(Editor’s note: This column, published in the Dec. 11, 2011, edition of the Republican-American, discusses the unusual motivation taken by the Ansonia High football team prior to a state championship victory. This column won third place at the 2011 Connecticut SPJ Awards among sports columns in the 50,000-plus circulation category.)
EAST HARTFORD, Conn. — Three days before Ansonia and Ledyard were set to meet for the Class M state championship at Rentschler Field, a YouTube rap video caught the Chargers’ attention.
The “Ledyard Football (State Championship)” rap, recorded by Colonials supporter Sean Moriarty, called for an upset on Saturday morning.
With the benefit of hindsight — also known as a 38-0 Ansonia shellacking — perhaps that was a poor idea.
“It was cute, that little jingle,” Ansonia senior quarterback Elliot Chudwick said. “We put in on our iPods and listened to it on the way here. It turned into our fight song.”
“I was already hyped up but that put me over the top,” Ansonia senior defensive end Jake LaRovera said. “We were playing it in our classes in school. I tried to remember the lyrics so once we won we could sing it, but I couldn’t think of them.”
Here’s a little refresher of some noteworthy lines in the piece:
“LHS soon to be the only No. 1, celebrate the win with a ring when it’s done … They think they got a title, but wait ‘til you rob it … Run ‘em over, run it up, they can’t even get a break … We callin’ an upset, Ledyard for the game …”
But Chargers senior star linebacker Tyler Wood had his own favorite:
“Ledyard gettin’ hungry ‘cause Ansonia’s a good meal.”
“My favorite thing was that rap,” Wood said. “I believe they said they were hungry, but they don’t look too full.”
That’s because all the stuffing belonged to Ansonia’s defense.
The Chargers held Ledyard to 145 yards — only 51 through the first three quarters — and kept the Colonels from gaining a first down for almost a quarter and a half to start the game. Ledyard finished just 2-of-11 on third downs and averaged just 3 yards per play.
Twenty-seven of Ledyard’s 49 plays went nowhere (or backwards) thanks to Ansonia’s 10 tackles for loss and 17 other stops for no gain.
Wood was everywhere. When he wasn’t patrolling the middle of the field, he was busy wreaking havoc in the backfield. Of his seven tackles, five were for losses.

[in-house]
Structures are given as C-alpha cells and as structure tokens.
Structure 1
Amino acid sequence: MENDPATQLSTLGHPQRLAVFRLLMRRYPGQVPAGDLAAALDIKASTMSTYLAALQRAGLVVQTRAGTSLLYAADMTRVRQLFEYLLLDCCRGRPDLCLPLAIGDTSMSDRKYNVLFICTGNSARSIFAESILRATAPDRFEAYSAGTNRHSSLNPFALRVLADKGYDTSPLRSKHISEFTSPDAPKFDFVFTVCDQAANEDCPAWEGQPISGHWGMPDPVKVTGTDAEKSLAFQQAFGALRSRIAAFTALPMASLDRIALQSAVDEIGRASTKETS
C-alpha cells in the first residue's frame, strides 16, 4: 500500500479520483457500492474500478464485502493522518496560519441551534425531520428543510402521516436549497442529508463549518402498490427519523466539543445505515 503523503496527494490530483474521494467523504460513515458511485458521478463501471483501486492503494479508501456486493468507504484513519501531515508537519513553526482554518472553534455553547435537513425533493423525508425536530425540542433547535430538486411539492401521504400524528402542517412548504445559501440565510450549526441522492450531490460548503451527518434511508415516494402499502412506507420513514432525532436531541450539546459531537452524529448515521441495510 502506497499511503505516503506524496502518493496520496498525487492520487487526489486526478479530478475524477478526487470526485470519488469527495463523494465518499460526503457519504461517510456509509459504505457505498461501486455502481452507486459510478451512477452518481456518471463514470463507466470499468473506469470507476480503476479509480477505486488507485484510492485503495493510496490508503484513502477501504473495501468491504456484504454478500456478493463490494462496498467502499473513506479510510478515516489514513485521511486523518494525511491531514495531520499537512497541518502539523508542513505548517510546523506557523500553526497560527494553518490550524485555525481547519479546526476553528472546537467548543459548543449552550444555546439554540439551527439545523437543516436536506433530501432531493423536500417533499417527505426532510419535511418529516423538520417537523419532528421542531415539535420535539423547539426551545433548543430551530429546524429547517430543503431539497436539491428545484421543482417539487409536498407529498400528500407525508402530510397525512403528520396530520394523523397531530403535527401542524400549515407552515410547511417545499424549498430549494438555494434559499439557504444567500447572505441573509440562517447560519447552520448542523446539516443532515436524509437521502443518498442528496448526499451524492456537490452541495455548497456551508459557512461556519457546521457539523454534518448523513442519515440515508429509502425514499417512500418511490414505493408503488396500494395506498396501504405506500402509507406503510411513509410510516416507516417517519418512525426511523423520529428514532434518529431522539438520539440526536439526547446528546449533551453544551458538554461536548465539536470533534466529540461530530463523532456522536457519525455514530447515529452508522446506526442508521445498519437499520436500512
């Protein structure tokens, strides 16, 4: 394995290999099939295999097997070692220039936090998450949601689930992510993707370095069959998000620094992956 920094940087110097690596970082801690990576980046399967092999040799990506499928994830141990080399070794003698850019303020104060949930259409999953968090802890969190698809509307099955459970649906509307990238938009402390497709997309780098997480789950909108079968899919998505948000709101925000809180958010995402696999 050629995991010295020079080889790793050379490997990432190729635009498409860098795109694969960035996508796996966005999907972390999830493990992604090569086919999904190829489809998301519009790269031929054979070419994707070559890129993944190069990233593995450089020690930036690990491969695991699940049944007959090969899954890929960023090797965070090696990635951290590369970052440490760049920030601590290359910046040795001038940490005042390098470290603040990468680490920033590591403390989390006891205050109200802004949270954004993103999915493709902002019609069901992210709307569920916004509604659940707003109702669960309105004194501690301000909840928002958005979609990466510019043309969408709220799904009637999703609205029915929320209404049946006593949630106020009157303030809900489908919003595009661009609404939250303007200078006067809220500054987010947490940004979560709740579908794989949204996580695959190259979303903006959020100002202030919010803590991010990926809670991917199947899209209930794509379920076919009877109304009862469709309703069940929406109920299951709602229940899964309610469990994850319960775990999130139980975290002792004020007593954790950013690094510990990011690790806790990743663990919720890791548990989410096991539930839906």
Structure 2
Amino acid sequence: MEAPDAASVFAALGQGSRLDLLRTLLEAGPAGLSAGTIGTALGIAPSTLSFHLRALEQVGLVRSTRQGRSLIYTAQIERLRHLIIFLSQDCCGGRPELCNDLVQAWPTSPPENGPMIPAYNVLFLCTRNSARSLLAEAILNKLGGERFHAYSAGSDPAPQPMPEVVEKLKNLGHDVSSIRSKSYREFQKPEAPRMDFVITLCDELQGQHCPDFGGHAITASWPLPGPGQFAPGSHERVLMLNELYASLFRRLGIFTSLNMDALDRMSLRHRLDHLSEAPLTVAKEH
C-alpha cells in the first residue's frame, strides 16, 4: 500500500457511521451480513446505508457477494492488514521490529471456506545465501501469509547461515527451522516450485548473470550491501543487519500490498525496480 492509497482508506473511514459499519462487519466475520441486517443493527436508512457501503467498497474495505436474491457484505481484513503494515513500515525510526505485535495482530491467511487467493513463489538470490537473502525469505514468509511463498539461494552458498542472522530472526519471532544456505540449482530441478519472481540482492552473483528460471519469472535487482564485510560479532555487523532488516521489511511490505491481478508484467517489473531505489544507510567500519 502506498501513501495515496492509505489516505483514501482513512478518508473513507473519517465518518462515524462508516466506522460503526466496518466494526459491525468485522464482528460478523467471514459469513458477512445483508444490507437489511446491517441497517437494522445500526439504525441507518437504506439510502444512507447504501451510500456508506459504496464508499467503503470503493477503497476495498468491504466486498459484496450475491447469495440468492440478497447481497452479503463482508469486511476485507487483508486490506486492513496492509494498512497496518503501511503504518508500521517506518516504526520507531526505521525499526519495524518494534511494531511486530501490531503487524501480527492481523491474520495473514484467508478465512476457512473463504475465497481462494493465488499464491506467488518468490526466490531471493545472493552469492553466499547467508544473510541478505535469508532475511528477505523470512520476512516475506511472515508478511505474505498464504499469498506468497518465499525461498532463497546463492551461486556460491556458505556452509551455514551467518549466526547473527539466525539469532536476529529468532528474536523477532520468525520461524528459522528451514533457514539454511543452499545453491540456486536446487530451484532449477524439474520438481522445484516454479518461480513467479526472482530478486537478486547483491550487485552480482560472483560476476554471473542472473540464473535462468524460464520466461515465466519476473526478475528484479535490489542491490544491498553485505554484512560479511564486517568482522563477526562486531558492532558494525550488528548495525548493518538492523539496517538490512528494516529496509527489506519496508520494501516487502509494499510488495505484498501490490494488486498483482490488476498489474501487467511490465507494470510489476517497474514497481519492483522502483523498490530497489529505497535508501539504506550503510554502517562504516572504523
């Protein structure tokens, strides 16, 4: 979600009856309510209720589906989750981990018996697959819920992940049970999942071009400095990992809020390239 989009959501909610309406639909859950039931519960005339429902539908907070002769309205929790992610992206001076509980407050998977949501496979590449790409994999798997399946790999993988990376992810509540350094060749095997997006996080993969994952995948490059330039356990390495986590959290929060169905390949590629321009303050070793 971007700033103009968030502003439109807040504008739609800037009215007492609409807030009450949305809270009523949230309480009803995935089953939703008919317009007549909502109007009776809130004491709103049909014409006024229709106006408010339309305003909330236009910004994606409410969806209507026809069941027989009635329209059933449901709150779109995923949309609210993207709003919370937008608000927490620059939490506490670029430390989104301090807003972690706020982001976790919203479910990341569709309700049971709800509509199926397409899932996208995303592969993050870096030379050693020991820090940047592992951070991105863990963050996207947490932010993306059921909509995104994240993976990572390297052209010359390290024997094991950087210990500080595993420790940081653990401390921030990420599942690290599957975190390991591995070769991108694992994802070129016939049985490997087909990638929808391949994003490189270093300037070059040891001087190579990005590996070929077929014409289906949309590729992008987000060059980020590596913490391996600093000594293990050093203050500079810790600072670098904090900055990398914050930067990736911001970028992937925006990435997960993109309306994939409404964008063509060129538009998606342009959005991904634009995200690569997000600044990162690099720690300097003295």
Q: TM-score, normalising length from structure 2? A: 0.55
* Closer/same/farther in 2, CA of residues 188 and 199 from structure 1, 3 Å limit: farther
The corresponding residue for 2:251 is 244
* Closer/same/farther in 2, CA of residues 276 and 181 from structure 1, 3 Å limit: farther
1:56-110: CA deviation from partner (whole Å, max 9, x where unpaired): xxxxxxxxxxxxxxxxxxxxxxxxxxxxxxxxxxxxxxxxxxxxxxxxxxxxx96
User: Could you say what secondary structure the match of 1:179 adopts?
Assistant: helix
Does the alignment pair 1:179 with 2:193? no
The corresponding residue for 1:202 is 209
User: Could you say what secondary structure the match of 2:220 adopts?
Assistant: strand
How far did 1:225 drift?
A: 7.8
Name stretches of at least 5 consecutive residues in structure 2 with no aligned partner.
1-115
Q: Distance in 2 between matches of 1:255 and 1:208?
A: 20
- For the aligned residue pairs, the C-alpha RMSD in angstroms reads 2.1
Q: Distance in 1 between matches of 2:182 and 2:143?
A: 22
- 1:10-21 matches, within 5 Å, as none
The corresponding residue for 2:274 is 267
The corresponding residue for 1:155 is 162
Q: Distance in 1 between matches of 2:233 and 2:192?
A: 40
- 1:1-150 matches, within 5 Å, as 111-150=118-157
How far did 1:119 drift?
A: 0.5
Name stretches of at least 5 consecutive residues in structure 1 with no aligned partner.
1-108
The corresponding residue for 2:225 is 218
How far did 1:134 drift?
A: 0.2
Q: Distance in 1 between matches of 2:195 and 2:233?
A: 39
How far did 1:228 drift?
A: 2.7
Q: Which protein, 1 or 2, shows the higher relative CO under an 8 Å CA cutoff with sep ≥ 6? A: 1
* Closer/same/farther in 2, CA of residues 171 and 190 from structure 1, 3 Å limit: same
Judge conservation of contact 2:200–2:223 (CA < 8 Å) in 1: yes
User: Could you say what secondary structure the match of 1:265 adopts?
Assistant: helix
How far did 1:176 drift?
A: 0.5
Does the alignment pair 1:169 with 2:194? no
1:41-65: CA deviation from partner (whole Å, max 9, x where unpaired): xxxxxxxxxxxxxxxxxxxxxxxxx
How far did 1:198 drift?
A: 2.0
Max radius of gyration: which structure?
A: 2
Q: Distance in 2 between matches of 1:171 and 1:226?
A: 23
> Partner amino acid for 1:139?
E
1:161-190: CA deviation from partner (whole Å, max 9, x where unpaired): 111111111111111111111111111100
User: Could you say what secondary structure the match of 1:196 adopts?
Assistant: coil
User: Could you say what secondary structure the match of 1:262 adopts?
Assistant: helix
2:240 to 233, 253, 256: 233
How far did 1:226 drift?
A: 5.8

“They have a lot of big guys but we beat them with speed and beat them with heart,” Wood said. “It’s not just one player on this defense. Other guys have their holes to fill and everyone does their job. There’s not just one MVP. The whole defense is the MVP.”
But really, Wood stood out.
“Woody was awesome,” Ansonia coach Tom Brockett said. “He’s a first-team all-state linebacker if I’ve ever seen one. He’s been unbelievable.”
Both of LaRovera’s tackles were also in the backfield, and he disrupted a handful of other plays.
“Everybody did their job,” LaRovera said. “The D-line did a good job of getting pressure, the linebackers got good penetration, and the secondary came through. We played team football.”
More importantly, they played shutout football like never before.
“We’ve pitched them before and in some other games we should have pitched them before we put the JV in,” Wood said. “But this is the greatest shutout I’ve ever been a part of.”
“I wanted a shutout,” LaRovera said. “We got one in the NVL championship (against Holy Cross) and now we got one here. This is most important. We had to prove this was one of the best senior classes Ansonia has had.”
The numbers back it up. The Chargers won their 17th state championship and became the first team in the history of Connecticut high school football to complete a 14-0 season.
Oh, and there’s that Arkeel Newsome kid. His 364-yard performance broke former Ansonia great Alex Thomas’ single-season state rushing record to give him 3,763 for the season. He added three scores to his touchdown record, which stands at 62.
He didn’t need any extra motivation to reel off another 300-yard game, but that little old rap didn’t hurt.
“It motivated me a lot,” Newsome said. “We just kept our mouths shut and let them say whatever they had to say.”
Brockett was plenty fired up without trying to wrap his mind around the rap.
“Their coach could have punched me in the face before the game and I couldn’t have been any more ready for this thing,” Brockett said. “That stuff has nothing to do with anything. I don’t listen to rap. I tried to listen to it. I heard about 30 seconds. I don’t even understand it.”
In reality, that had no bearing on what happened between the lines. Ansonia was not finishing this season without a state title.
“We were more focused on the game instead of all the rap and stupid stuff,” Ansonia senior lineman Tyler Williams said.
“That did make it pretty sweet, though.”
(Editor’s note: Here’s how the column looked in print.)